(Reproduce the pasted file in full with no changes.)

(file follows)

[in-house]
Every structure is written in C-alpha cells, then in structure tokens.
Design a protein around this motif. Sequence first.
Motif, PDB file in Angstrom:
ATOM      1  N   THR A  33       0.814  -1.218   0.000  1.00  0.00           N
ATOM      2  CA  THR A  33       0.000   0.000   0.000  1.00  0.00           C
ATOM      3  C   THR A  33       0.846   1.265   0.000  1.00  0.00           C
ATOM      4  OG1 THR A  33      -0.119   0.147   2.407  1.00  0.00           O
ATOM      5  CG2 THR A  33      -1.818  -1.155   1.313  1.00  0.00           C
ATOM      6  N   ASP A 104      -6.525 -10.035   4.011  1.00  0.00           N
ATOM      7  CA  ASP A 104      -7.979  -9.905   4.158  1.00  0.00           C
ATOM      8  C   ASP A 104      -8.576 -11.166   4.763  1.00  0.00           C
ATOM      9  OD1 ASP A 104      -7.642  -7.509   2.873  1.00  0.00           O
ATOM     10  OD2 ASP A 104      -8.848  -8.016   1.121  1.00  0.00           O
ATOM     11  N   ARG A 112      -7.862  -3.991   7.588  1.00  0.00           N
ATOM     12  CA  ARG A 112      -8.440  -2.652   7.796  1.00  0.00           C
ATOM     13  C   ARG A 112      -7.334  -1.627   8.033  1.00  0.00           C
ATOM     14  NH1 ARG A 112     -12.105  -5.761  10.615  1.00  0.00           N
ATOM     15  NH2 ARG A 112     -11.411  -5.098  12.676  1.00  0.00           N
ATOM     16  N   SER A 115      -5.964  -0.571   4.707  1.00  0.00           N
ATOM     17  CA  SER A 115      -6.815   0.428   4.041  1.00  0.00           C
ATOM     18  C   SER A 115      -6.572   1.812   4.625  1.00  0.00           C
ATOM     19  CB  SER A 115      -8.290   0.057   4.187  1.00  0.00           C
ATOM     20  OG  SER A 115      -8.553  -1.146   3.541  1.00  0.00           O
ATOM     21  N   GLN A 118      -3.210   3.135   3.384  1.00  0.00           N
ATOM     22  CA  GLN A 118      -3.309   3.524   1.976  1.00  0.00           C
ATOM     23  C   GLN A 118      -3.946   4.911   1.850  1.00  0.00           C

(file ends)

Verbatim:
[in-house]
Every structure is written in C-alpha cells, then in structure tokens.
Design a protein around this motif. Sequence first.
Motif, PDB file in Angstrom:
ATOM      1  N   THR A  33       0.814  -1.218   0.000  1.00  0.00           N
ATOM      2  CA  THR A  33       0.000   0.000   0.000  1.00  0.00           C
ATOM      3  C   THR A  33       0.846   1.265   0.000  1.00  0.00           C
ATOM      4  OG1 THR A  33      -0.119   0.147   2.407  1.00  0.00           O
ATOM      5  CG2 THR A  33      -1.818  -1.155   1.313  1.00  0.00           C
ATOM      6  N   ASP A 104      -6.525 -10.035   4.011  1.00  0.00           N
ATOM      7  CA  ASP A 104      -7.979  -9.905   4.158  1.00  0.00           C
ATOM      8  C   ASP A 104      -8.576 -11.166   4.763  1.00  0.00           C
ATOM      9  OD1 ASP A 104      -7.642  -7.509   2.873  1.00  0.00           O
ATOM     10  OD2 ASP A 104      -8.848  -8.016   1.121  1.00  0.00           O
ATOM     11  N   ARG A 112      -7.862  -3.991   7.588  1.00  0.00           N
ATOM     12  CA  ARG A 112      -8.440  -2.652   7.796  1.00  0.00           C
ATOM     13  C   ARG A 112      -7.334  -1.627   8.033  1.00  0.00           C
ATOM     14  NH1 ARG A 112     -12.105  -5.761  10.615  1.00  0.00           N
ATOM     15  NH2 ARG A 112     -11.411  -5.098  12.676  1.00  0.00           N
ATOM     16  N   SER A 115      -5.964  -0.571   4.707  1.00  0.00           N
ATOM     17  CA  SER A 115      -6.815   0.428   4.041  1.00  0.00           C
ATOM     18  C   SER A 115      -6.572   1.812   4.625  1.00  0.00           C
ATOM     19  CB  SER A 115      -8.290   0.057   4.187  1.00  0.00           C
ATOM     20  OG  SER A 115      -8.553  -1.146   3.541  1.00  0.00           O
ATOM     21  N   GLN A 118      -3.210   3.135   3.384  1.00  0.00           N
ATOM     22  CA  GLN A 118      -3.309   3.524   1.976  1.00  0.00           C
ATOM     23  C   GLN A 118      -3.946   4.911   1.850  1.00  0.00           C